But every so often, when time allows, I get a strong urge to bake. It’s therapeutic in the same way someone might enjoy painting or singing as a way to de-stress. The simple act of combining ingredients to create something delicious that can be enjoyed for a few days afterward (depending on your level of self-control!) always seems to take the tension away, at least for a little while.
This recipe came from one I found on Pinterest, from a blog called Ambitious Kitchen. They were originally designed to be blondies (i.e. brownies without the chocolate) but I couldn’t find the right baking pan the first time I made them, so they became cookies instead.
The brilliance of these cookies/blondies/whatever you want to call them are in the ingredients. No flour is used. No sugar. No eggs or dairy. You rely on your food processor to do most of the work for you and combine a few items you most likely already have in your pantry or fridge.
With a base of chickpeas and peanut butter, these cookies stay pretty chewy and gooey in the middle. Almost like cookie dough. Pretty decadent.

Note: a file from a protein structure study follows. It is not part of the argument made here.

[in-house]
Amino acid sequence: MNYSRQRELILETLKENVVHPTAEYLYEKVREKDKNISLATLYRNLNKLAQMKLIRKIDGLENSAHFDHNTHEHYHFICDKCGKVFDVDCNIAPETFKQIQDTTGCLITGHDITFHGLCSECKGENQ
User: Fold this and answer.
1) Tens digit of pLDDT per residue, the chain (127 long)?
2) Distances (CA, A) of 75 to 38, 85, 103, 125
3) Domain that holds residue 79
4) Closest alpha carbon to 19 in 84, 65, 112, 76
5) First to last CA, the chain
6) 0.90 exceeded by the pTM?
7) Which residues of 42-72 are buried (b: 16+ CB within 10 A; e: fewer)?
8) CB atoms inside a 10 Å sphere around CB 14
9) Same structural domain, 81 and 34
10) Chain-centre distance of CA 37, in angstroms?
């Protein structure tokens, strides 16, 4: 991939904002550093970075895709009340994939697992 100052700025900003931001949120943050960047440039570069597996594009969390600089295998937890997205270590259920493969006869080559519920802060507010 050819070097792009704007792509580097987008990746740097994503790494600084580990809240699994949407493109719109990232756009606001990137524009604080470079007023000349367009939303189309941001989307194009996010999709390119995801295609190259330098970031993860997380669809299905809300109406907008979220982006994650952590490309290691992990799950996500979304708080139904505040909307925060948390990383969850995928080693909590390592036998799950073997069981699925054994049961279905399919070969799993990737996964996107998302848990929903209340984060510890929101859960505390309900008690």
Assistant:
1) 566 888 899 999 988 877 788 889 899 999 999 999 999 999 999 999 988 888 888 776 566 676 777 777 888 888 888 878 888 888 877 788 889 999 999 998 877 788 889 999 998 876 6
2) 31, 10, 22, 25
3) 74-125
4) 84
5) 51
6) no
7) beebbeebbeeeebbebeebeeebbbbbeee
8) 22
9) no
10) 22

They’re the perfect comfort food for an early summer filled with excitement and anticipation!!
I’ll be back as regularly as I can – in the meantime, take good care and have a look through my recipes page if you need some inspiration!
Chewy Chick-PB Cookies
Prep Time: 10 mins
Cook Time: 25 mins
Keywords: bake dessert gluten-free soy-free vegan vegetarian wheat free cookie
Ingredients (6 large cookies or 9 squares)
- coconut oil, for greasing the pan
- 15-oz can chickpeas, drained and rinsed
- 1/2 cup natural peanut butter (a little oil separation is good)
- 1/3 cup maple syrup
- 1/2 tsp vanilla powder
- 1/2 tsp sea salt
- 1/4 tsp baking powder
- 1/4 tsp baking soda
- 1/2 cup dark chocolate chips
Preheat the oven to 350F. Grease either an 8×8 baking dish or a 6-cup muffin pan with coconut oil.
Combine all ingredients, except the chocolate chips, in a food processor and blitz until smooth and creamy. Add in some melted coconut oil if the mixture is too dry.
Fold in the chocolate chips.
If using a square baking dish, pour the mixture straight in and spread around to evenly distribute.
If using a muffin pan, scoop out the mixture with an ice cream scoop to distribute among the 6 cups.
Bake for 20-25 minutes, or until golden brown on top.
Carefully cut the cakey batter into 9 squares in the baking dish (or simply remove from the muffin pan) and leave to cool for 15 minutes before enjoying!